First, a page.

In Taiwan, from our analyses of the 2014 survey, there is clearly complexity both to public opinion and arguably in Taiwan’s public discourse on death penalty issues. Although the results of the 2014 survey reveal that overall level of support for the death penalty in Taiwan is undeniably very high, our research demonstrates that people frequently view abolition/retention through complex multiple lenses. Most people are, to a greater or lesser extent, ‘ambivalent’ in considering abolition of the death penalty.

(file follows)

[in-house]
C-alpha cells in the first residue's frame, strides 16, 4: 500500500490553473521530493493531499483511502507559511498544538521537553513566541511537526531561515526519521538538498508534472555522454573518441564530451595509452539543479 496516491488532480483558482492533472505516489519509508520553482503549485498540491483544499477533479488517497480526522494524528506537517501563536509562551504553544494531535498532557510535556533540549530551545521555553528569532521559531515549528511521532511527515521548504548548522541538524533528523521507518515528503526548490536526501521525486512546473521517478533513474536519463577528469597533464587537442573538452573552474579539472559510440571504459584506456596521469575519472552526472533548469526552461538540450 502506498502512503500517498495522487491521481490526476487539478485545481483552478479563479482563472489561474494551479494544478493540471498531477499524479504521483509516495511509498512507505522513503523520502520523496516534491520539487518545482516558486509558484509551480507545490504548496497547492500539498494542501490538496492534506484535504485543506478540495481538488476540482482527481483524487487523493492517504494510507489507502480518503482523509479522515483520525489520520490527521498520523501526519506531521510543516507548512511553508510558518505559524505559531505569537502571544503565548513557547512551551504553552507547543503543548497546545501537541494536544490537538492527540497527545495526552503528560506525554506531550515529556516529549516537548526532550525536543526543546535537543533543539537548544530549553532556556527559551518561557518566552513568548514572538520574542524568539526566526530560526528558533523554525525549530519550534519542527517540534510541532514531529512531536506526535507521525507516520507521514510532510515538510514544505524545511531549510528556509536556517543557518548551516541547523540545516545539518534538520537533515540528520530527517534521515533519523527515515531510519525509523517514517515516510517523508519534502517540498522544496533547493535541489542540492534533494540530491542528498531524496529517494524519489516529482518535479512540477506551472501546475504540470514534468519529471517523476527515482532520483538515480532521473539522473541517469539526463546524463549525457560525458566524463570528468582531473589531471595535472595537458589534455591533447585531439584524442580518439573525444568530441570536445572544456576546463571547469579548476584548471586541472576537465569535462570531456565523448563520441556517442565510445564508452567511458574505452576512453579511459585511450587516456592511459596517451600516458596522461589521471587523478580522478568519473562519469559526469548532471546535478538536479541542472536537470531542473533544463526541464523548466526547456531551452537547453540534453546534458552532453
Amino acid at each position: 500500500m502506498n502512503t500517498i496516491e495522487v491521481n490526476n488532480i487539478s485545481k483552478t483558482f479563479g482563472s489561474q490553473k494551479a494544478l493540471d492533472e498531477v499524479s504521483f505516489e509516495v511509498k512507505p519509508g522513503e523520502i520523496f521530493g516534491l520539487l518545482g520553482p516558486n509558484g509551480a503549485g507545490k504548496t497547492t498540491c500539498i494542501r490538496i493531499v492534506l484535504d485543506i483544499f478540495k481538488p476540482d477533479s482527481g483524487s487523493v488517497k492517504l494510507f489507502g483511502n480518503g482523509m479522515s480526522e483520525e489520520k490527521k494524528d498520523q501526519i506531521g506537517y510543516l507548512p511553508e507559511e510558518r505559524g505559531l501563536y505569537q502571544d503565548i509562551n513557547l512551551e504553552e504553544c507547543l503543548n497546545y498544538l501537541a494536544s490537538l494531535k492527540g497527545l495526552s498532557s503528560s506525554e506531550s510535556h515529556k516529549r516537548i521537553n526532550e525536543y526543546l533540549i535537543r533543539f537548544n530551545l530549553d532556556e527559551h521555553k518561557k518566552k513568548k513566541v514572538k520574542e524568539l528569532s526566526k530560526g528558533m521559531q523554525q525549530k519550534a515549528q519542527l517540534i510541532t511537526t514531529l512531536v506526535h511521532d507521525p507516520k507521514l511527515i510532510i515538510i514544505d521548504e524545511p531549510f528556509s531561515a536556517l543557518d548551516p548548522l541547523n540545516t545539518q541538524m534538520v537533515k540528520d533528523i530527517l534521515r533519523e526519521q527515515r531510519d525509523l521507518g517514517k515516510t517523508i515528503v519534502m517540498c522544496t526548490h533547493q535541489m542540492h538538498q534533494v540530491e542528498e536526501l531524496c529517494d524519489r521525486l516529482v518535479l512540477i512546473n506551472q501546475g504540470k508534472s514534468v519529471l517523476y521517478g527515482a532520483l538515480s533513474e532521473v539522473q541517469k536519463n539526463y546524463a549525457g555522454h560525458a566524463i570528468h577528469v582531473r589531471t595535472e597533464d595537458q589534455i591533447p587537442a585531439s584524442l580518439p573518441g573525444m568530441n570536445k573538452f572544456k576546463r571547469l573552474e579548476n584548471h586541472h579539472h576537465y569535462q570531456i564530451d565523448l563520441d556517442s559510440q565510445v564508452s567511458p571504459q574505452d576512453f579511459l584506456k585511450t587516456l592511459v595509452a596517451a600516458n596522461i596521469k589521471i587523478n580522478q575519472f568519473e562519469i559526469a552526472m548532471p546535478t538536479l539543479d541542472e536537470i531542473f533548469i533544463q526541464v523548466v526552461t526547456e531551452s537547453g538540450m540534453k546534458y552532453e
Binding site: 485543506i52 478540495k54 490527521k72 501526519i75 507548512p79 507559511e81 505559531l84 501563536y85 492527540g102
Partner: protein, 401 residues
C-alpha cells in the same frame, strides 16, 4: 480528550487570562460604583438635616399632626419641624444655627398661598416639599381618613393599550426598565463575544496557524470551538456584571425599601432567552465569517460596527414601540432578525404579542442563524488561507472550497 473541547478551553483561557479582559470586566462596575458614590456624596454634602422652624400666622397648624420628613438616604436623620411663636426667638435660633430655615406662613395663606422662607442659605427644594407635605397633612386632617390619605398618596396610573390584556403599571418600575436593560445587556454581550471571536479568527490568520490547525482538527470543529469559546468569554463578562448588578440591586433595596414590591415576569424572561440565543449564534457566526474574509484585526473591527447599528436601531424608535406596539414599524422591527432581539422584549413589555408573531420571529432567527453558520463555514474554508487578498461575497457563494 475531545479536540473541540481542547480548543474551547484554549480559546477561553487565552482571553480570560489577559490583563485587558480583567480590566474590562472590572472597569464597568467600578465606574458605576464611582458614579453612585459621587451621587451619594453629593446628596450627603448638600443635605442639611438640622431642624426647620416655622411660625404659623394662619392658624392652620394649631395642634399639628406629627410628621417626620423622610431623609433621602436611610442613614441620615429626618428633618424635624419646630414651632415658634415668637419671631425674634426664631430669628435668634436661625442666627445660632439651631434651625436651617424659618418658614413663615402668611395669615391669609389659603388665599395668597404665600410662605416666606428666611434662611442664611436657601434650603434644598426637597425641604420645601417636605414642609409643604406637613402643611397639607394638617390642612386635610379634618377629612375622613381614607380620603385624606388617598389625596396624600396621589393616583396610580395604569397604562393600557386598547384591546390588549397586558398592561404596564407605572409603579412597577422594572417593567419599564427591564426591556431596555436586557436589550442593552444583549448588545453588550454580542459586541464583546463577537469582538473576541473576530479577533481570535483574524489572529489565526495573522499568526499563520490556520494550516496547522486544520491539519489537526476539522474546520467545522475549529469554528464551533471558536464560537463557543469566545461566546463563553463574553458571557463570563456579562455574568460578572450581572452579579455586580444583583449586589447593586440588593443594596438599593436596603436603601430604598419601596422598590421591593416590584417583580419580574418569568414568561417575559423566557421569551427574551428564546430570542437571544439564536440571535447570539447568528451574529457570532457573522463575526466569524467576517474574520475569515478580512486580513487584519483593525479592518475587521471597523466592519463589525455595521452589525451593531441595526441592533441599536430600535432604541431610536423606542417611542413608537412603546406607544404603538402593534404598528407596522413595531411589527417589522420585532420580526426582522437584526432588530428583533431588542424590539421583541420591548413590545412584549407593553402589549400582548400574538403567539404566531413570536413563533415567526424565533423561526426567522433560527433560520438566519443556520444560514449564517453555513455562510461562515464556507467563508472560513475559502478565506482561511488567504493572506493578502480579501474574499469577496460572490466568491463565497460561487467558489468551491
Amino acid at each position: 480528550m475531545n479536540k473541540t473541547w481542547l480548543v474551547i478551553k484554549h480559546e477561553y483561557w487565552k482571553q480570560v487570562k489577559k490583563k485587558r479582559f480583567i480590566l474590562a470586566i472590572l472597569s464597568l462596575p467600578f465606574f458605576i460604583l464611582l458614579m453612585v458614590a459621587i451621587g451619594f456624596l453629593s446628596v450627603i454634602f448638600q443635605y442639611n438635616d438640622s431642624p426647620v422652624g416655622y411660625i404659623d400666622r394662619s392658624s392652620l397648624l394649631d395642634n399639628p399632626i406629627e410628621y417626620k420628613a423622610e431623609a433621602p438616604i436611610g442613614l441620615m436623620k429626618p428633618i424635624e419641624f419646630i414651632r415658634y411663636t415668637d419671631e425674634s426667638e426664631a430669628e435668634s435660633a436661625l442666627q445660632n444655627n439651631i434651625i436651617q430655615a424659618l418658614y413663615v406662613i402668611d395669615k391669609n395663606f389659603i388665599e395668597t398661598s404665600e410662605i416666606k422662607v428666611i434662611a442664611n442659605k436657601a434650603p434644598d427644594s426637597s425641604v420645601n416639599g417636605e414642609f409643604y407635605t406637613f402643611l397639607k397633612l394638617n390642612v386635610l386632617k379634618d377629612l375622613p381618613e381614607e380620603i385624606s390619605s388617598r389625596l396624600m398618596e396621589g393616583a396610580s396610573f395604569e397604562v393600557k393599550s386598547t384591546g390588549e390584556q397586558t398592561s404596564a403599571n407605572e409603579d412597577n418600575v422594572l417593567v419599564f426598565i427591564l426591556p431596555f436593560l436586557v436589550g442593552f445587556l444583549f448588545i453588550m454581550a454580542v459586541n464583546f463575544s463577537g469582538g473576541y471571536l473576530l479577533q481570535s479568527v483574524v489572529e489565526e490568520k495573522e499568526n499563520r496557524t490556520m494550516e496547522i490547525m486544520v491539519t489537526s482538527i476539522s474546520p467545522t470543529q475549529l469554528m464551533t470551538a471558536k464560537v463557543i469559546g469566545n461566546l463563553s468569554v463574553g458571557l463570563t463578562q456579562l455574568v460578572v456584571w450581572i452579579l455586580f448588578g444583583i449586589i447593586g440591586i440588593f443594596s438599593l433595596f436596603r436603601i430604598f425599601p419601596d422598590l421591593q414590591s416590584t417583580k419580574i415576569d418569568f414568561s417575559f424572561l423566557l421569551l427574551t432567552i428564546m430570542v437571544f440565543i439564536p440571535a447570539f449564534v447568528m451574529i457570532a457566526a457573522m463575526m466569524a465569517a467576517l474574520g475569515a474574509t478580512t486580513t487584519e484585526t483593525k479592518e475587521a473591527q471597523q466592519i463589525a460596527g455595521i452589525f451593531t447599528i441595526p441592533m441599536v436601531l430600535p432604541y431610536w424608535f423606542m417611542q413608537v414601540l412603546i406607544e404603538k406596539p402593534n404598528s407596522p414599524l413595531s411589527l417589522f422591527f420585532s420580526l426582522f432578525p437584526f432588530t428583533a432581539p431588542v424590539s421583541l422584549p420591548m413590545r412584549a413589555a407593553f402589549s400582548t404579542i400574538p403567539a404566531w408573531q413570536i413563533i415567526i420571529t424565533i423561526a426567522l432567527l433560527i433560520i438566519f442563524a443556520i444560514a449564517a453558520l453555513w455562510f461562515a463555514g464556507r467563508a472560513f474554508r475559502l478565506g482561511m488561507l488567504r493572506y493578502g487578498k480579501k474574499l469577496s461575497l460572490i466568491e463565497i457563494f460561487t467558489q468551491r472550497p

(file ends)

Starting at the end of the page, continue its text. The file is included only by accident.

Public attitudes in Taiwan are simultaneously committed to many underlying values which can be viewed as in conflict: agreeing on individualism and collectivism, concerns for both wrongful conviction and acquittal, feeling safe in their neighbourhood, while generally fearful of crime, and with degrees of belief in rehabilitation, deterrence and retribution. Arguably, the aggregate decision the public make reflects the balance of their conflicting values—but what is needed is a more nuanced understanding of how the existence of ambivalence might help us explain how the public makes their judgments based on core and conflicting values. Indeed, as previously mentioned in our introduction to the paper, Sato’s (2013, 2018) research on public support for the death penalty in Japan also points to ambivalence at the individual level. How to account for strength of particular value conflicts between, for example, Japan and Taiwan would be a worthwhile comparative issue to explore. Executions in Japan, probably more so than in Taiwan, are shrouded in secrecy, as are deliberations by judges and lay judges about life and death sentencing decisions (Johnson 2013: 180). This raises the question of whether citizens receive insufficient information about how the death penalty is deployed. More broadly, while our value conflict perspective undoubtedly has its explanatory limits, drawing upon some of the insights from Savelsberg’s (1999) theoretical work on the institutional organisation of knowledge production in a given country and its impact on political and legal decision-making may be highly pertinent. One key advantage of Savelberg’s thesis, from your perspective, is that it has a micro (cognitive dilemmas) and macro component.